strategic frameworkObjective 1.1 Objective 1.2Objective 1.3Objective 1.4Objective 2.1Objective 2.2Objective 2.3Objective 2.4Objective 3.1Objective 3.2Objective 3.3Goal 1Goal 2Goal 3

 

Strategic Plan

An agenda for change

Around the world, humanitarian disasters are becoming larger and more frequent, affecting more people and proving increasingly difficult to manage.

For example, 328 natural disasters were recorded in 2009. In 2010, that figure rose to 373 natural disasters, more than one per day. Nearly 297,000 people were killed.[1]In 2011, OCHA coordinated humanitarian relief for 56 million affected people, nearly double the number three years ago. The financial costs incurred in dealing with these disasters are also rising. There was a time when a billion-dollar appeal was unimaginable. Today, it has become more common. The humanitarian appeal for Sudan in 2011 is $1.1 billion. The Somalia appeal also stands at just over $1 billion. For the Horn of Africa crisis as a whole, humanitarian organizations have asked for $2.4 billion. Last year, the Haiti and Pakistan crises also topped the billion-dollar mark.

Two years into its four-year plan, OCHA’s Strategic Framework for 2010-2013 remains at the centre of OCHA’s work. Our three main goals of broadening partnerships, strengthening the effectiveness of coordinated humanitarian action, and becoming a more robustly managed and accountable organization continue to shape how we do our work and how we budget our resources. The goals have helped OCHA to clarify and pursue an agenda for transforming the international humanitarian response system, adapted to the realities of the twenty-first century.

Looking ahead – the two-year plan

OCHA’s 2010-2013 Strategic Framework has been reviewed drawing on lessons learned from the response to the Haiti and Pakistan crises of 2010, and incorporating the Under-Secretary-General’s emphasis on strengthening OCHA’s field effectiveness. We have brought our own priorities in line with the reform agenda adopted by the Inter-Agency Standing Committee (IASC) Principals in 2011.[2]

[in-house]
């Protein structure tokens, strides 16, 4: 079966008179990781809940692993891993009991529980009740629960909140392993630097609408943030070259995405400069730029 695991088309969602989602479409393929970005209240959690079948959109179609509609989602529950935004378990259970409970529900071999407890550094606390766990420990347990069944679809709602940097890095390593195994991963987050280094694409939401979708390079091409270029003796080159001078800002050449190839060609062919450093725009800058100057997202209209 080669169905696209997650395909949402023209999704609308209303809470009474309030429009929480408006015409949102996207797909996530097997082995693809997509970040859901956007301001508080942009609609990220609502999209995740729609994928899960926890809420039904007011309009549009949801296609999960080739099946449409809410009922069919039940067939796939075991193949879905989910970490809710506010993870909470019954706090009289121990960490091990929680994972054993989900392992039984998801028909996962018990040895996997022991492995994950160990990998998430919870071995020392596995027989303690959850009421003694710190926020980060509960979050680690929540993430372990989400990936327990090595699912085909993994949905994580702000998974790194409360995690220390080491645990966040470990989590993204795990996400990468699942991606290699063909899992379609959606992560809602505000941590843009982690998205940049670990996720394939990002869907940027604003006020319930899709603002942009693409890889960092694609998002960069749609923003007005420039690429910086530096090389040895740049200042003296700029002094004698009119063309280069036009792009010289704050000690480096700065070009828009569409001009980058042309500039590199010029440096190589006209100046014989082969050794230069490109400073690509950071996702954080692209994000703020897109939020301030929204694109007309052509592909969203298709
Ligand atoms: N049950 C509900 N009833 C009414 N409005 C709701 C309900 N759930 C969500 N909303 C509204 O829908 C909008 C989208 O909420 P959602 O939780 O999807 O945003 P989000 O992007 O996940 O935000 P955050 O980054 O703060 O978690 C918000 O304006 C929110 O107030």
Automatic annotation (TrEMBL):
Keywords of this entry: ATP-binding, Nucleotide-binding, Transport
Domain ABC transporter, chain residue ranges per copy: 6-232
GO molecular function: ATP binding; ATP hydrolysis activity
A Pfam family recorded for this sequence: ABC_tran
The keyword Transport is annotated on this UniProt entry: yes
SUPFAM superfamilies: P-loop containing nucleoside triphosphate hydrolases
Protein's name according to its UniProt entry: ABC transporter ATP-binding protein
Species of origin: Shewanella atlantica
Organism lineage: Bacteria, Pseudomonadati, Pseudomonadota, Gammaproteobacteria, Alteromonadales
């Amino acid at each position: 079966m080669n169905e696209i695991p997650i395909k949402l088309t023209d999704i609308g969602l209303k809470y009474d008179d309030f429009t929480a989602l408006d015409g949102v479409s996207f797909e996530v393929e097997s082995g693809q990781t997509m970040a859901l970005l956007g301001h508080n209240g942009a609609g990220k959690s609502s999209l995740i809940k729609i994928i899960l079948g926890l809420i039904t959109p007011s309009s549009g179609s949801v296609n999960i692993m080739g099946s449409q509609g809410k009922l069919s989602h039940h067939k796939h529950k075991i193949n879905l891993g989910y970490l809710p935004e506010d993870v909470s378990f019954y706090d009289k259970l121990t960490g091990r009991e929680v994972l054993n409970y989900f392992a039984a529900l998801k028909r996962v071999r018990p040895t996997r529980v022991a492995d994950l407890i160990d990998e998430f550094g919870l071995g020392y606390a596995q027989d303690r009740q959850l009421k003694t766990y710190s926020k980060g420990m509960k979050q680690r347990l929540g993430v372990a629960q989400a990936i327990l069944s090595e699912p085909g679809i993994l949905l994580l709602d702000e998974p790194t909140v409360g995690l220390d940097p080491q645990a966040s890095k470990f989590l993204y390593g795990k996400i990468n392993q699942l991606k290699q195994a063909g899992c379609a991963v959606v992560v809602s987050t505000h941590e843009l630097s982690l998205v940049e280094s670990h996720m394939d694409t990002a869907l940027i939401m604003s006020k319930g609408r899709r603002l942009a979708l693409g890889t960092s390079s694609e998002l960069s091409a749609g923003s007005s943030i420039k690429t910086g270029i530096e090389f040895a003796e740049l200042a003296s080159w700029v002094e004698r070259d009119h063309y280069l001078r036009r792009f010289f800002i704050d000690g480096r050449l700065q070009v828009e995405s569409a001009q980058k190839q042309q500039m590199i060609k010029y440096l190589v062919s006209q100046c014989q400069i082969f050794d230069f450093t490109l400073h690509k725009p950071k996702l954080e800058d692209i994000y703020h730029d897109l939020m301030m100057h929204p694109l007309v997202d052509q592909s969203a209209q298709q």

The 2012 and 2013 plan and budget are about making OCHA’s field-level efforts as solid and effective as possible. This is the first time OCHA has presented a two-year plan and budget. The new time frame allows us to look ahead over a longer horizon, to mobilize resources more flexibly and to monitor our performance more rigorously over the medium term. A two-year framework also helps OCHA align itself more closely with the UN biennium programme and budget.

To complement its two-year budget, OCHA launched standardized two-year performance frameworks for regional and country offices as part of its commitment to improve the communication of results and the alignment between budgets and results. Evaluation findings were used to focus OCHA on performance areas that were repeatedly identified as problematic. The performance frameworks communicate commonly agreed OCHA results and indicators.

Country strategies, together with performance frameworks, will underpin OCHA’s field activities over the next two years. OCHA is using the strategies and performance frameworks for budgeting, planning, resource mobilization and management accountability. The commonly agreed results and indicators will be at the core of funding proposals and all donor reporting. Over the biennium, OCHA will work to steadily improve reporting on performance, and to use this information to strengthen programmatic and budgetary decisions in OCHA, and to strengthen its accountability to stakeholders.


[1]Centre for Research on the Epidemiology of Disasters

[2]The organizations of the IASC are working together to strengthen the international humanitarian response system by focusing on actions to deliver improvements in five key areas: leadership, coordination, accountability, building global capacity for preparedness, and advocacy and communications.